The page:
Paul McConnell: Well, generally we've been very convinced that the Trump administration would be positive for energy infrastructure so, you know, I mean, those two pipelines are a case in point. Blockages that were existing under the previous administration have been got rid of quite quickly and we probably expect to see similar things with other infrastructure projects in the near future.
Monica Trauzzi: The Trump administration definitely is expected to be more favorable toward fossils. Will gas production, though, see an uptick?
Paul McConnell: Natural gas production. Yeah, we think natural gas production, again, is subject to pressures which really have much more to do with economics than anything else, and you know, there's demand for gas. That's been the key driver and we'll continue to see production meet that demand.
Monica Trauzzi: So the Trump administration has a very different view on climate than the previous administration and the Obama folks, but companies around the world, regardless of that, have been shifting to sort of more efficient, cleaner business strategies. What pressure do you think the business community will put on the Trump administration and how might that impact what we see in terms of policy coming out of the White House?
Paul McConnell: Well, we already appear to see some softening in the rhetoric around climate from the Trump administration. You know, there were some very, very bold statements around the science behind climate change prior to the election. Now we see stories saying that some of the ambitions to walk away from Paris might not come through so quickly. Now, we were of the opinion that the U.S. was not — did not have enough policies in place when it signed the Paris Agreement to deliver those kind of emissions cuts. So more would have had to be done. Now, whether or not the Trump administration walks away from Paris, it looks unlikely that the U.S. will meet its commitments. From sort of another country perspective or international perspective, I think there is still a broad agreement or broad acceptance that a decarbonizing strategy is the way to go, and certainly from a corporate perspective, companies recognize the demand growth in the future may not be as strong as it has been in the past, and looking at a lower carbon future is certainly something — is a risk that can't be avoided.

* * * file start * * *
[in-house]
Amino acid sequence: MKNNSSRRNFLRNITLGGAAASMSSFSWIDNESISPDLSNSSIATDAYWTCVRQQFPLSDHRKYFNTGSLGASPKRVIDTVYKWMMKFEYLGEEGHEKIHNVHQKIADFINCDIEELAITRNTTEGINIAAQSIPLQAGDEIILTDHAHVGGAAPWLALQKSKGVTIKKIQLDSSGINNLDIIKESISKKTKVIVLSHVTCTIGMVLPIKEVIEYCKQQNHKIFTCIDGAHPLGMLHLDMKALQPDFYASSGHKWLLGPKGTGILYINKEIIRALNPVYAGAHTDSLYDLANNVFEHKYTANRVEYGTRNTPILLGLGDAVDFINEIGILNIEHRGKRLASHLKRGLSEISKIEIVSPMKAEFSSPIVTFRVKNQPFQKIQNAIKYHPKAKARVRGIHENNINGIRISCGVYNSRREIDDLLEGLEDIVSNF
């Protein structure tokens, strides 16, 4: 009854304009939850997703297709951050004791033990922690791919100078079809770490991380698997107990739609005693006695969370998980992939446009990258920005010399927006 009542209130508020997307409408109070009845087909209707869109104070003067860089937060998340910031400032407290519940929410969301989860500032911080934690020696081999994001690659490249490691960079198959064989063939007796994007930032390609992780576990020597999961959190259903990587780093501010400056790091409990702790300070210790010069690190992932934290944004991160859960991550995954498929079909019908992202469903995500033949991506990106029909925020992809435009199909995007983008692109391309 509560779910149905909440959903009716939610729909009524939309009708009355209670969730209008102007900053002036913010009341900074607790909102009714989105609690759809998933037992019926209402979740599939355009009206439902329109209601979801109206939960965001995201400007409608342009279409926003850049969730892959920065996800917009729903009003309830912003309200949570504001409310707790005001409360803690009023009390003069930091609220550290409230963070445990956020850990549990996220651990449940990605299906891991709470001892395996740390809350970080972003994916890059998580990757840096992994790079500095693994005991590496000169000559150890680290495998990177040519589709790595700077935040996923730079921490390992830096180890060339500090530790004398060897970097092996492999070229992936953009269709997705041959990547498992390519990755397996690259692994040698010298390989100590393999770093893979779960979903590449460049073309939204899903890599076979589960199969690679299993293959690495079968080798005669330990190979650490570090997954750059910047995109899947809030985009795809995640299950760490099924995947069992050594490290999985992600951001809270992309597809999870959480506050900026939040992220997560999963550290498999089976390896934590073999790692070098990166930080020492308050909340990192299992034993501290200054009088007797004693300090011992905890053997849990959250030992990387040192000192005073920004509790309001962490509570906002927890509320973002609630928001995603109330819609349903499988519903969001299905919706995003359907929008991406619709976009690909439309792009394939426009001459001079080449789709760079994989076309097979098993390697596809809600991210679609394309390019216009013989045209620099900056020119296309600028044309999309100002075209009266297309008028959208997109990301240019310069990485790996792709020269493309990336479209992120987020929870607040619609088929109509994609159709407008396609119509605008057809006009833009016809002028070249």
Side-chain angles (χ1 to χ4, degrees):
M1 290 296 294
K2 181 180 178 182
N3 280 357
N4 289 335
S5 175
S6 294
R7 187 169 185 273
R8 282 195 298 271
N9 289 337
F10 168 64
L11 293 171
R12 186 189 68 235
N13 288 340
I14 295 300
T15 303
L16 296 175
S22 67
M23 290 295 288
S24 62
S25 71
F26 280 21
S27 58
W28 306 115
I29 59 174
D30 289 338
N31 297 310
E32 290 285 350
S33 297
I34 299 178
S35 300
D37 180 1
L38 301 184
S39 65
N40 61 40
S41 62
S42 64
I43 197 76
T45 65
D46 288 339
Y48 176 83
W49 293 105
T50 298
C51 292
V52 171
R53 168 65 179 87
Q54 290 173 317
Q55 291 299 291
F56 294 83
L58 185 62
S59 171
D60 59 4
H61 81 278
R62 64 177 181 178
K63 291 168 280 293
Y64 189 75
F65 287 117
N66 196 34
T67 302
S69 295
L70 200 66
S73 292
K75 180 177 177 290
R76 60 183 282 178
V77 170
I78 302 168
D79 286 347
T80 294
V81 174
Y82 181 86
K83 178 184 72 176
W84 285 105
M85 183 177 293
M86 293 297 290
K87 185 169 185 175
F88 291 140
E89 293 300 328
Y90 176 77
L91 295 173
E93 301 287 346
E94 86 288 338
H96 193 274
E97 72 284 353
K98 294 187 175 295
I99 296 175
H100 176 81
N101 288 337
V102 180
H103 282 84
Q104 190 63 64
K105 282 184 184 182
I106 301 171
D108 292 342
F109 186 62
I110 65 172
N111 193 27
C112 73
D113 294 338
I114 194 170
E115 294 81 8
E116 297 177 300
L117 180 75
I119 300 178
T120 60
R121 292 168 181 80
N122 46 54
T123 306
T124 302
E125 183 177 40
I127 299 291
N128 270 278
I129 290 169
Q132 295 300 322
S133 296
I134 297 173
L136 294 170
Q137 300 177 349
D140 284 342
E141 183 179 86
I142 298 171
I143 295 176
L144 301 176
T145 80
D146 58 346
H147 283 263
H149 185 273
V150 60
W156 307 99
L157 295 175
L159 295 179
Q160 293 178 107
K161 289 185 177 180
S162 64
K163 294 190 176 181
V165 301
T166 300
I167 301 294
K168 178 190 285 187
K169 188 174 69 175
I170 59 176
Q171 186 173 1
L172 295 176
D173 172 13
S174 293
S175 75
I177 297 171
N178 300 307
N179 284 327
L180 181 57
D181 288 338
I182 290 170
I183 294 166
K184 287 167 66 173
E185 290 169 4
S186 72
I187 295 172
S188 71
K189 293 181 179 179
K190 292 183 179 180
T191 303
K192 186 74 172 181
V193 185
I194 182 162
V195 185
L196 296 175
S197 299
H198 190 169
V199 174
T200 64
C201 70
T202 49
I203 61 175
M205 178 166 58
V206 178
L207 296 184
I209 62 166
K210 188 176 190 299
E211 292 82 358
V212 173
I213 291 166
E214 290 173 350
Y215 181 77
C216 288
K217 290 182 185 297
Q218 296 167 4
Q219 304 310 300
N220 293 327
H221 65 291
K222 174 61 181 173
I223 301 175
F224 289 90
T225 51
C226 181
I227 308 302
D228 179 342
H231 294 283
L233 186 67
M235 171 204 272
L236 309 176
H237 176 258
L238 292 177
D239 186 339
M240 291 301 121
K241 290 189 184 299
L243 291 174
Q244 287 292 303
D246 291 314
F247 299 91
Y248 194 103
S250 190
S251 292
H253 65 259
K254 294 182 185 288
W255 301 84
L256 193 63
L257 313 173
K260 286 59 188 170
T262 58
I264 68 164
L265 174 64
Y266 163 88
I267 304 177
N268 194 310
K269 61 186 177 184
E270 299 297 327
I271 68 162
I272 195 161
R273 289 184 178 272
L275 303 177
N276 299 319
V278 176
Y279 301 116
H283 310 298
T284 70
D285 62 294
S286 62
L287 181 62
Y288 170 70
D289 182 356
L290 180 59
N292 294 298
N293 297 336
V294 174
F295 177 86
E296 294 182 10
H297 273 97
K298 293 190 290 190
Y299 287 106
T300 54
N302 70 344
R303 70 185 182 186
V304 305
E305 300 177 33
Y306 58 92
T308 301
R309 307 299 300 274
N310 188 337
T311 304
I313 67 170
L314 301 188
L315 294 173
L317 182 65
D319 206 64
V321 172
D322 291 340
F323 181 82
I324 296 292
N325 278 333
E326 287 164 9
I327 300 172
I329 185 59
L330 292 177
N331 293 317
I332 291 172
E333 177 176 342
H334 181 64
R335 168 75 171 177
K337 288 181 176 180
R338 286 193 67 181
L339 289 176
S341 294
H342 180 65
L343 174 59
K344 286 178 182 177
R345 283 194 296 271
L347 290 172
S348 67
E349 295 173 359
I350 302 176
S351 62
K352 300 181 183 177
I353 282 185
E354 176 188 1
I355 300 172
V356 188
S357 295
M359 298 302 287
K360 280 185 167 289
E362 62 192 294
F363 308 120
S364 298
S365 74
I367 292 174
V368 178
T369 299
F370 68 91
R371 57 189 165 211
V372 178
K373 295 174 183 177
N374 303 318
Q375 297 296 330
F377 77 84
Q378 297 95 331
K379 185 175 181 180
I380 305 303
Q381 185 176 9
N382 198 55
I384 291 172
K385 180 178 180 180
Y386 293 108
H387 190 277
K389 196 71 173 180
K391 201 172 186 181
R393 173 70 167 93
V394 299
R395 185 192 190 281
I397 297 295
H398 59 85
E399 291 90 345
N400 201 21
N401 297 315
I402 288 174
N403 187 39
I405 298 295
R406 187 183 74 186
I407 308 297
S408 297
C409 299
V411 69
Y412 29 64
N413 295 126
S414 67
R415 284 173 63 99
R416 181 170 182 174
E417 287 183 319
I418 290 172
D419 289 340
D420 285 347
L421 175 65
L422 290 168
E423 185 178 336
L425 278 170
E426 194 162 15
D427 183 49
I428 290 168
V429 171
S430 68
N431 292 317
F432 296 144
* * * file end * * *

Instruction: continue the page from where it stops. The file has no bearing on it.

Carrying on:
Monica Trauzzi: So do you think we could see the Trump administration come more in line with what the global business community is doing?
Paul McConnell: Well, I think what the global business community is doing is almost exclusive of the policy side of things, right. So I think 15, 20 years ago, you had policy trying to drive certain outcomes. Now it's the business community, the economics, the technology which are driving those outcomes, and governments may follow behind. It may be that the Trump administration sort of follows quite a long way behind, but I don't think they'll be the only one to be left behind by what's happening in the energy space.
Monica Trauzzi: So on the whole, will the U.S. economy do well under this administration, and what are sort of the key factors and drivers that you consider to answer that question?
Paul McConnell: Well, I'm not an economist, so I can't give you a forecast on economic growth, but certainly from an energy point of view, we think this administration will be a net positive for the fossil fuel industry, but having said that, there are trends in the energy space around the ... cost of renewables and lower demand growth that mean the energy picture will get cleaner, regardless of what the administration wants or what the administration is trying to promote. So I think it's a question of cleaner energy no longer being a barrier to growth, and certainly emissions over the last 20 years have fallen pretty significantly relative to where they were in the past, and that hasn't been a barrier to growth, so we'll see.
Monica Trauzzi: All right, we'll end it right there. Thank you so much for coming on the show.
Paul McConnell: Thank you.
Monica Trauzzi: And thanks for watching. We'll see you back here tomorrow.